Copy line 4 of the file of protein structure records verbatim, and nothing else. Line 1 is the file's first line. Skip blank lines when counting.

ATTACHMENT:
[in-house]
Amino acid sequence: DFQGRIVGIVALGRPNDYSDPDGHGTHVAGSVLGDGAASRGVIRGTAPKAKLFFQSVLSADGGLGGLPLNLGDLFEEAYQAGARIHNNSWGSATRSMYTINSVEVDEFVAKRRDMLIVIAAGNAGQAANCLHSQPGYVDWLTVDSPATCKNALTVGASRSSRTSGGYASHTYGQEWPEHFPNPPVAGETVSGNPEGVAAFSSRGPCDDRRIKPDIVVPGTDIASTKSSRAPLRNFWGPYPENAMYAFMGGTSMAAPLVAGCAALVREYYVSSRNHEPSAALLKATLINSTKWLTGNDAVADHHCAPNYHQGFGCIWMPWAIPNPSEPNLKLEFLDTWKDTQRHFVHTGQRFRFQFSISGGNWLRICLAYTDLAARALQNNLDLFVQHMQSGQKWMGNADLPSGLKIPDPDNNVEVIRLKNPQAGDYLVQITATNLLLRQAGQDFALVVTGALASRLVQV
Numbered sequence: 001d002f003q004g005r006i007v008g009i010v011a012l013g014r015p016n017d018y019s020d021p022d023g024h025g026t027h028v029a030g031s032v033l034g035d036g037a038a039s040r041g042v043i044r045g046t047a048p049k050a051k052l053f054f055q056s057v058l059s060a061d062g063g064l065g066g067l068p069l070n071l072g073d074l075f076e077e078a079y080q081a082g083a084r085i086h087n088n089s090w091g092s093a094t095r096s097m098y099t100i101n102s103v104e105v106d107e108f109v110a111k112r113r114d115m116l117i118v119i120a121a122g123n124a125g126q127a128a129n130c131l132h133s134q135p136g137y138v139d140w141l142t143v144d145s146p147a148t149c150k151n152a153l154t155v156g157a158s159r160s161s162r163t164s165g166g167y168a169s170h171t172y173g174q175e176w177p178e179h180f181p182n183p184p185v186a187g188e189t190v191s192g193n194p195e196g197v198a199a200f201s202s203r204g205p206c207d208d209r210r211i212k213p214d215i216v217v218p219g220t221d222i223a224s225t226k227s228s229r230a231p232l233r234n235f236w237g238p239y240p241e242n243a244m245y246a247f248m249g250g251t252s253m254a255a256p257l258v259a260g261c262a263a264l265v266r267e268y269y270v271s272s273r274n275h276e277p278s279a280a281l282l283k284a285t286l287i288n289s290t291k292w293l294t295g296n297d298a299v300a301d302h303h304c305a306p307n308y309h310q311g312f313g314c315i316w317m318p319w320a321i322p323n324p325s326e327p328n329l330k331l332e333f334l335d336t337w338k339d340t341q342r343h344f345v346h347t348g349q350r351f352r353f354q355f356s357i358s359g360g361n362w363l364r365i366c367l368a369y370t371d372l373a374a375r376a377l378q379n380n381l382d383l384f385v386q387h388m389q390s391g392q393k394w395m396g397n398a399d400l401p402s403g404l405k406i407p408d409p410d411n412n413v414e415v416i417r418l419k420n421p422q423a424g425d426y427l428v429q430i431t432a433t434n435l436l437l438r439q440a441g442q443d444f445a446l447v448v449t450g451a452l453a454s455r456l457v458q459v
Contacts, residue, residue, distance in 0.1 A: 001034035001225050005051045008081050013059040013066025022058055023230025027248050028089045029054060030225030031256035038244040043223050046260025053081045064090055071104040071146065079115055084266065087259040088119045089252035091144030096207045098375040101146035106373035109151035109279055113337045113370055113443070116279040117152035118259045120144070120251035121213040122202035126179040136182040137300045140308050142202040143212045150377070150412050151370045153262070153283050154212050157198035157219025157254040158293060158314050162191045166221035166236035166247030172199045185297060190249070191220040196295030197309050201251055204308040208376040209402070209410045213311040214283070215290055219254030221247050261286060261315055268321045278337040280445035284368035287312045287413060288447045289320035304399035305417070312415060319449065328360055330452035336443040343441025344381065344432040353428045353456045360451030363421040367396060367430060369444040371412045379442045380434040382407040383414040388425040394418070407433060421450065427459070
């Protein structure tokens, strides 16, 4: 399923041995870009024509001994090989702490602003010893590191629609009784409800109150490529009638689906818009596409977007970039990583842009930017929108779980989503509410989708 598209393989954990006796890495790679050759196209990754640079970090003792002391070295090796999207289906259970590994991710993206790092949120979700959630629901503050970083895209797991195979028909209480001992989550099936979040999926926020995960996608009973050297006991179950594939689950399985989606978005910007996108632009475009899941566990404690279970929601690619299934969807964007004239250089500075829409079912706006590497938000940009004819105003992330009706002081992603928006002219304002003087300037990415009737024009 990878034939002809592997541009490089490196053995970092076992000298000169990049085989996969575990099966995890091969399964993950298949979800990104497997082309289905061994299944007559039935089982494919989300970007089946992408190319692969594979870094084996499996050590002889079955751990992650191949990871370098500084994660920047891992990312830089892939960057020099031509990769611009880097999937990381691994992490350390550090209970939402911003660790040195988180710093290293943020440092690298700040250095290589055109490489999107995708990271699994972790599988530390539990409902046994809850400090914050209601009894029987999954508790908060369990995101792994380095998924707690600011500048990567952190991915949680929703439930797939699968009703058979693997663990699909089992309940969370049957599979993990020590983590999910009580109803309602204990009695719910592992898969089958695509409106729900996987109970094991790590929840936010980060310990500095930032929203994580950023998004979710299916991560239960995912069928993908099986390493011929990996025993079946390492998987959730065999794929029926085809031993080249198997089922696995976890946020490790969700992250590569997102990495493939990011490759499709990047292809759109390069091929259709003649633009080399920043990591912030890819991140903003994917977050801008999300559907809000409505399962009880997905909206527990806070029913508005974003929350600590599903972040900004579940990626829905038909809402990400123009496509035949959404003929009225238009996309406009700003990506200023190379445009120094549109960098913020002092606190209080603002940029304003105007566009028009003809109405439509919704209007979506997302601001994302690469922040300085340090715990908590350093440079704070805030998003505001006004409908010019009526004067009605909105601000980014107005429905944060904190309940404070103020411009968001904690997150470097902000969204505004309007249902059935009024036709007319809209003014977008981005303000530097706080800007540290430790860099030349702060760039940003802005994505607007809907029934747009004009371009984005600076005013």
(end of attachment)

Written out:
Contacts, residue, residue, distance in 0.1 A: 001034035001225050005051045008081050013059040013066025022058055023230025027248050028089045029054060030225030031256035038244040043223050046260025053081045064090055071104040071146065079115055084266065087259040088119045089252035091144030096207045098375040101146035106373035109151035109279055113337045113370055113443070116279040117152035118259045120144070120251035121213040122202035126179040136182040137300045140308050142202040143212045150377070150412050151370045153262070153283050154212050157198035157219025157254040158293060158314050162191045166221035166236035166247030172199045185297060190249070191220040196295030197309050201251055204308040208376040209402070209410045213311040214283070215290055219254030221247050261286060261315055268321045278337040280445035284368035287312045287413060288447045289320035304399035305417070312415060319449065328360055330452035336443040343441025344381065344432040353428045353456045360451030363421040367396060367430060369444040371412045379442045380434040382407040383414040388425040394418070407433060421450065427459070